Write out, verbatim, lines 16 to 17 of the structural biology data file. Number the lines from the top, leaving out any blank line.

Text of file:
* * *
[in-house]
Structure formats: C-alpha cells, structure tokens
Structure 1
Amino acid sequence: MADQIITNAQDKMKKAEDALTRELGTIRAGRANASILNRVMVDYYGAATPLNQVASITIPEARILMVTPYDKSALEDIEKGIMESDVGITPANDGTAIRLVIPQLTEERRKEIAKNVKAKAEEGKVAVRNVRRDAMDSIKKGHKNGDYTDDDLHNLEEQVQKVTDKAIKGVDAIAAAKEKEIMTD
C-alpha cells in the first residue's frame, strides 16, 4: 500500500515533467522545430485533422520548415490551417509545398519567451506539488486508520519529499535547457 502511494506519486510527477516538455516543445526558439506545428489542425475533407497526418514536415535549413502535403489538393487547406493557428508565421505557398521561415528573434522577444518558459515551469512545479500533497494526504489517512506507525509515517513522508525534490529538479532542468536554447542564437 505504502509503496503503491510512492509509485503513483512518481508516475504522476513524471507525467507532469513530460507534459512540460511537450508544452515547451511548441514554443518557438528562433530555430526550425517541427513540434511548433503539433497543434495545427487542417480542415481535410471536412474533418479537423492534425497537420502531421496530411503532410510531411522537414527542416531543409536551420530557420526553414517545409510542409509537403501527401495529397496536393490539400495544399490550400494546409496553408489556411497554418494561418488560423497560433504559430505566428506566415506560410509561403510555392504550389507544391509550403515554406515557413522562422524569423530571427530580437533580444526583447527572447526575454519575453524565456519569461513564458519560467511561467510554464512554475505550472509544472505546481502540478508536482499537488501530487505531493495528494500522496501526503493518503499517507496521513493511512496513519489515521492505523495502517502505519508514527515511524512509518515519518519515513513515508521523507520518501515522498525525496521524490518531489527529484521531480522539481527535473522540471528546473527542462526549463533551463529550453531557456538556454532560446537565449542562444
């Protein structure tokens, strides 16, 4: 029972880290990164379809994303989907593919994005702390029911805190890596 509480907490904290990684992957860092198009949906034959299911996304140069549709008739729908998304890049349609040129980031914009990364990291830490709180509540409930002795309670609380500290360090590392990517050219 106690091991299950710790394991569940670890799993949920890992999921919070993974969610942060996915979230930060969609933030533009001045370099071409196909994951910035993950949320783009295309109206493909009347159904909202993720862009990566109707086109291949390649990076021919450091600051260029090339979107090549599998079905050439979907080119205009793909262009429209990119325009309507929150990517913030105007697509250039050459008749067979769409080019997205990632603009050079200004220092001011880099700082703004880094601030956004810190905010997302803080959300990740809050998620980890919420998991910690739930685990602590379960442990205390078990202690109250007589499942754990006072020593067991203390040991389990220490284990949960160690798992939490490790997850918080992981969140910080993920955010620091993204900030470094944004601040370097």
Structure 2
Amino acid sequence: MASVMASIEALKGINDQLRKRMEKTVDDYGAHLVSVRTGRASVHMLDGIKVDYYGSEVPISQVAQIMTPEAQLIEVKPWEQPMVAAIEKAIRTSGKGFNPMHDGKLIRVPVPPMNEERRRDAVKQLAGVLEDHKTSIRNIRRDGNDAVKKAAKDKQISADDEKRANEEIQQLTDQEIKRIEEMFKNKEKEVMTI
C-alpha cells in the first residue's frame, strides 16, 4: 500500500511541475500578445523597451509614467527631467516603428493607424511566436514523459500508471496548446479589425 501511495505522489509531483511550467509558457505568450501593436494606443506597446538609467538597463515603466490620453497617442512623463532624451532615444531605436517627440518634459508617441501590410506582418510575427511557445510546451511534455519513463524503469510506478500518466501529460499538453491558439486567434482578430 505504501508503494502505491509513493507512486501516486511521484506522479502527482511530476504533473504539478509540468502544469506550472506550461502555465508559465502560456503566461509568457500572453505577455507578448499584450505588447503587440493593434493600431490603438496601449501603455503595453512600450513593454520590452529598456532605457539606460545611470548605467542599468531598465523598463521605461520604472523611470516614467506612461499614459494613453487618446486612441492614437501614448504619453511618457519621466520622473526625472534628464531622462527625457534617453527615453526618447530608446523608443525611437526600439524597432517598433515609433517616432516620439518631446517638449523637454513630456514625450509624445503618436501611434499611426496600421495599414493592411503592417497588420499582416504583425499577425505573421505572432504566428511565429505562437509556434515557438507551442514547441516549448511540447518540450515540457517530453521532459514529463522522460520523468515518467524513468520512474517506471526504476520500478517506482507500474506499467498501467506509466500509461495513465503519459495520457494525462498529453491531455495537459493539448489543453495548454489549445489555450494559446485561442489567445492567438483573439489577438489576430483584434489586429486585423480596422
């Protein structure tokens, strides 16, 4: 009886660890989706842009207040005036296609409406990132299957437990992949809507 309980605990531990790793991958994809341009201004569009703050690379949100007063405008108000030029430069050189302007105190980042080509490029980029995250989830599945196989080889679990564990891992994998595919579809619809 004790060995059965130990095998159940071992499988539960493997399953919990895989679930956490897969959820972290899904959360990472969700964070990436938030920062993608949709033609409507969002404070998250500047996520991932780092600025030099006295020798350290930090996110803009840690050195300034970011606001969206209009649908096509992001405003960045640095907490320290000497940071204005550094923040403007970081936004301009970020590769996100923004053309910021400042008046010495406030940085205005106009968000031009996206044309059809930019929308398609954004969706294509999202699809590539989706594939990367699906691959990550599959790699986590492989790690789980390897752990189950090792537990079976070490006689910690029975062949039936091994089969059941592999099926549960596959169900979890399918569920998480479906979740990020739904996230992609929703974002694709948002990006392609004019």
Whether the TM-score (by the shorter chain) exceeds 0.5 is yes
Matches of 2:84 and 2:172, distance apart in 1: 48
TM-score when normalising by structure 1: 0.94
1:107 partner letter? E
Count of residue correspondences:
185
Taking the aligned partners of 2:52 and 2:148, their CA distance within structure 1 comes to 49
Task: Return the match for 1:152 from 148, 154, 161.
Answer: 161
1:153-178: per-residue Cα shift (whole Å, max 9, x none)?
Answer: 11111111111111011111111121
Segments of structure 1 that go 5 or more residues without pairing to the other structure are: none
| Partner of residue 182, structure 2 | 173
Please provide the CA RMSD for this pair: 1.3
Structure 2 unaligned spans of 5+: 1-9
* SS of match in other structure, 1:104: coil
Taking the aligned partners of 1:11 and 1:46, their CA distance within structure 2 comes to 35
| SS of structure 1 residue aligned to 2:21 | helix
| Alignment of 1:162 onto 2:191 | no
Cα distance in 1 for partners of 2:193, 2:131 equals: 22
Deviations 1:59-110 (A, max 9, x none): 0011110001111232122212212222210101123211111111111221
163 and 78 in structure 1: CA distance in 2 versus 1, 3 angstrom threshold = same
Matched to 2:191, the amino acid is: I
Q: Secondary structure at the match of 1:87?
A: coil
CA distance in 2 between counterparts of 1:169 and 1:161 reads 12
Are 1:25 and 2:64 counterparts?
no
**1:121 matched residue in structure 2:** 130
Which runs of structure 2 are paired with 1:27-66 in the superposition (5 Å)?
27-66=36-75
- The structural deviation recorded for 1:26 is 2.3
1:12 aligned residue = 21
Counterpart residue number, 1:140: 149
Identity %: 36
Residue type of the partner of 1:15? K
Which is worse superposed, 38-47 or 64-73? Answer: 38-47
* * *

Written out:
185
Taking the aligned partners of 2:52 and 2:148, their CA distance within structure 1 comes to 49